REC: Growth in temporary positions on the up

Thursday 8 June 2017

Growth in temporary work positions rose across the UK last month, a new study has found.
 
Research from the Recruitment and Employment Confederation (REC) found that temporary billings recorded their largest jump since March 2015. The rate of expansion for both permanent and temporary staff was also the fastest in 25 months.

The availability of permanent and temporary candidates also fell during May, with permanent candidate availability dropping at the fastest speed since August 2015. With regard to temporary staff, availability dropped slightly since April. 

May also saw average starting salaries for those in permanent jobs rise at the fastest rate in three months, while hourly rates of pay for temporary/contract staff went up despite a drop in the speed of growth.

In terms of individual sectors, demand for workers in the private sector stayed steady in May, while more employers were looking for temporary employees. 

For the public sector, May’s figures show more demand for permanent and temporary professionals. Nursing and medical care were the most in-demand industries for short-term staff in May, though significant growth was recorded in all categories.

Self employed workers continue to provide a boost to the UK economy, with many businesses choosing to use specialised freelancers rather than training new personnel. 

As earnings can change rapidly month-to-month, it’s important that self employed workers keep their financial information up to date.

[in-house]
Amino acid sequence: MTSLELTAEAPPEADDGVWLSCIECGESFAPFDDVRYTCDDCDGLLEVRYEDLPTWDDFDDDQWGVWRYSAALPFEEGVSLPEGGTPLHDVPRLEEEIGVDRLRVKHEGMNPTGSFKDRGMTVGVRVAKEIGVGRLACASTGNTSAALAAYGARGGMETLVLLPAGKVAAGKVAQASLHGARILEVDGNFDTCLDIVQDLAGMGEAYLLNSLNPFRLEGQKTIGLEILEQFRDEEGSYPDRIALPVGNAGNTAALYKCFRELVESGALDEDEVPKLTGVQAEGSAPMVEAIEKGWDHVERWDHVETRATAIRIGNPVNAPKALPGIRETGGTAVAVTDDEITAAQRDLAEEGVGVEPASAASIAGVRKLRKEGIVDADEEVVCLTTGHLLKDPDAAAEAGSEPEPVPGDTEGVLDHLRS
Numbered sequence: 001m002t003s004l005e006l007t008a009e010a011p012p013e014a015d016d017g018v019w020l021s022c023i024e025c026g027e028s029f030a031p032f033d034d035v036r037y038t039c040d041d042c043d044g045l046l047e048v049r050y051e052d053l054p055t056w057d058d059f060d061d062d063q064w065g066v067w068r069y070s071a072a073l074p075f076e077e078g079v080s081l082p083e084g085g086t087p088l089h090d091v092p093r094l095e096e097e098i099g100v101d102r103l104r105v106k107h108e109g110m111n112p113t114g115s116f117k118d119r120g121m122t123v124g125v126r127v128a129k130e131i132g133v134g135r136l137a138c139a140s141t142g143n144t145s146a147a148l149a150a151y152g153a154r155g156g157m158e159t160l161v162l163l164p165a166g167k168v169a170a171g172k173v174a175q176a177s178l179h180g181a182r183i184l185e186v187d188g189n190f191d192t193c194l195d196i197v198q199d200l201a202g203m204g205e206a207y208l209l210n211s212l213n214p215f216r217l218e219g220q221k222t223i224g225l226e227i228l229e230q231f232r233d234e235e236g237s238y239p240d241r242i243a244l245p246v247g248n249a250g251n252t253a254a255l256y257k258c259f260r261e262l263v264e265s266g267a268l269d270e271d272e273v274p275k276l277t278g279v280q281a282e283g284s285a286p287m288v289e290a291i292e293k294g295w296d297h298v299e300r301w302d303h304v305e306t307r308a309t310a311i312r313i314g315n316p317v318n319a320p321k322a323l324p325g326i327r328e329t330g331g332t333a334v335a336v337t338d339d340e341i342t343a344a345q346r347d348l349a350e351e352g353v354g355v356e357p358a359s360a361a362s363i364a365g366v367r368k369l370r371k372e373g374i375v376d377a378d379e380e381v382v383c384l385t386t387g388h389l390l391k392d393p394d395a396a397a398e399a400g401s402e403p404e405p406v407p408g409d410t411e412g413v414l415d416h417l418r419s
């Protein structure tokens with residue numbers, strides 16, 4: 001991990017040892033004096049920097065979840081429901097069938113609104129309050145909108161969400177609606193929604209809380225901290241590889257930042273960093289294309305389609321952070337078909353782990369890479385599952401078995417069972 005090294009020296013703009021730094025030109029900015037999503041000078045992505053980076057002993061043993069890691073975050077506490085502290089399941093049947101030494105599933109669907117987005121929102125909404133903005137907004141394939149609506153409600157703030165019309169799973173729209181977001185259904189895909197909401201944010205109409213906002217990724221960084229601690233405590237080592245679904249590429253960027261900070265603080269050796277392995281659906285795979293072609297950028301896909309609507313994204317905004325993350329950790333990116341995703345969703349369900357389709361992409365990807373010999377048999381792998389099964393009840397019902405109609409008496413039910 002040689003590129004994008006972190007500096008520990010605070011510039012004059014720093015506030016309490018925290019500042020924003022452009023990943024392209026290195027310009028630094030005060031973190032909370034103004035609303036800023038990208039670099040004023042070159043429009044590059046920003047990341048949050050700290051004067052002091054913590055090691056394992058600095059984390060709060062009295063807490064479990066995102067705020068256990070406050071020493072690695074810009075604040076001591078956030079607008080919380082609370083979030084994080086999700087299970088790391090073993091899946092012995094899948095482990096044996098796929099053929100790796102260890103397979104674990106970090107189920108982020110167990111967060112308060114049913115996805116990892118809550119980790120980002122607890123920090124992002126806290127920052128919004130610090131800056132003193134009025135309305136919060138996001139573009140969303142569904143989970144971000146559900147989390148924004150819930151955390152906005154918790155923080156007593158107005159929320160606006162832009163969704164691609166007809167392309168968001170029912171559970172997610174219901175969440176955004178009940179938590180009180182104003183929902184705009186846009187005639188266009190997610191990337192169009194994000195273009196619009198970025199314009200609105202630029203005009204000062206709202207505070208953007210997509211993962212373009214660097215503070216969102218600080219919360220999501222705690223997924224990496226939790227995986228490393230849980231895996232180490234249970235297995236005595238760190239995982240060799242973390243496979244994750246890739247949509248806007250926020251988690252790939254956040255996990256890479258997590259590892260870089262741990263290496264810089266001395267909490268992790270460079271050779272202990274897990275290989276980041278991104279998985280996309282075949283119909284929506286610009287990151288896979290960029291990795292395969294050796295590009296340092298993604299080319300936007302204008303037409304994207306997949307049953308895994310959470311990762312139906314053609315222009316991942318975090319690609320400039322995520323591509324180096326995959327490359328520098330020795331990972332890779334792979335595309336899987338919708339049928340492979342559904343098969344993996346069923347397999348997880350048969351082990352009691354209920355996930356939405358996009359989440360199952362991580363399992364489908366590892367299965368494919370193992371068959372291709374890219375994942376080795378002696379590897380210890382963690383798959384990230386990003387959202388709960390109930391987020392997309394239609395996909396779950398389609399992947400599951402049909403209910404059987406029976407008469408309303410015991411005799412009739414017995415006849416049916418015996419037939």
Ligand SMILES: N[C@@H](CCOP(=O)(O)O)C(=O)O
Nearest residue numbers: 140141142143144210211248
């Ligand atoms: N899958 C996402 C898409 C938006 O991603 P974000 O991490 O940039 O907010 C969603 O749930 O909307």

To make the most of their earnings, those working for themselves should hire freelancer and contractor accountants to ensure they are being taxed appropriately. 

Tom Hadley, REC director of policy, said: “The challenges facing the next government are stark. Demand for staff is the strongest in almost two years, but the number of people available to take those jobs has plummeted. 

“Official data shows unemployment has dropped to the lowest level since 1975, and EU citizens are leaving the UK in droves. Employers seeking to fill vacancies are running out of options.”

Mr Hadley went on to say that skill shortages are causing issues in a number of sectors, with the NHS in particular becoming especially dependent on short-term cover in order to fill resource gaps. 

He explained that whichever party makes up the next government needs to focus on boosting the employability of young people, as well as improving inclusion for groups underrepresented in certain sectors.

For many industries, more talented personnel are required rather than fewer, Mr Hadley emphasised. 


By Victoria McDonnell

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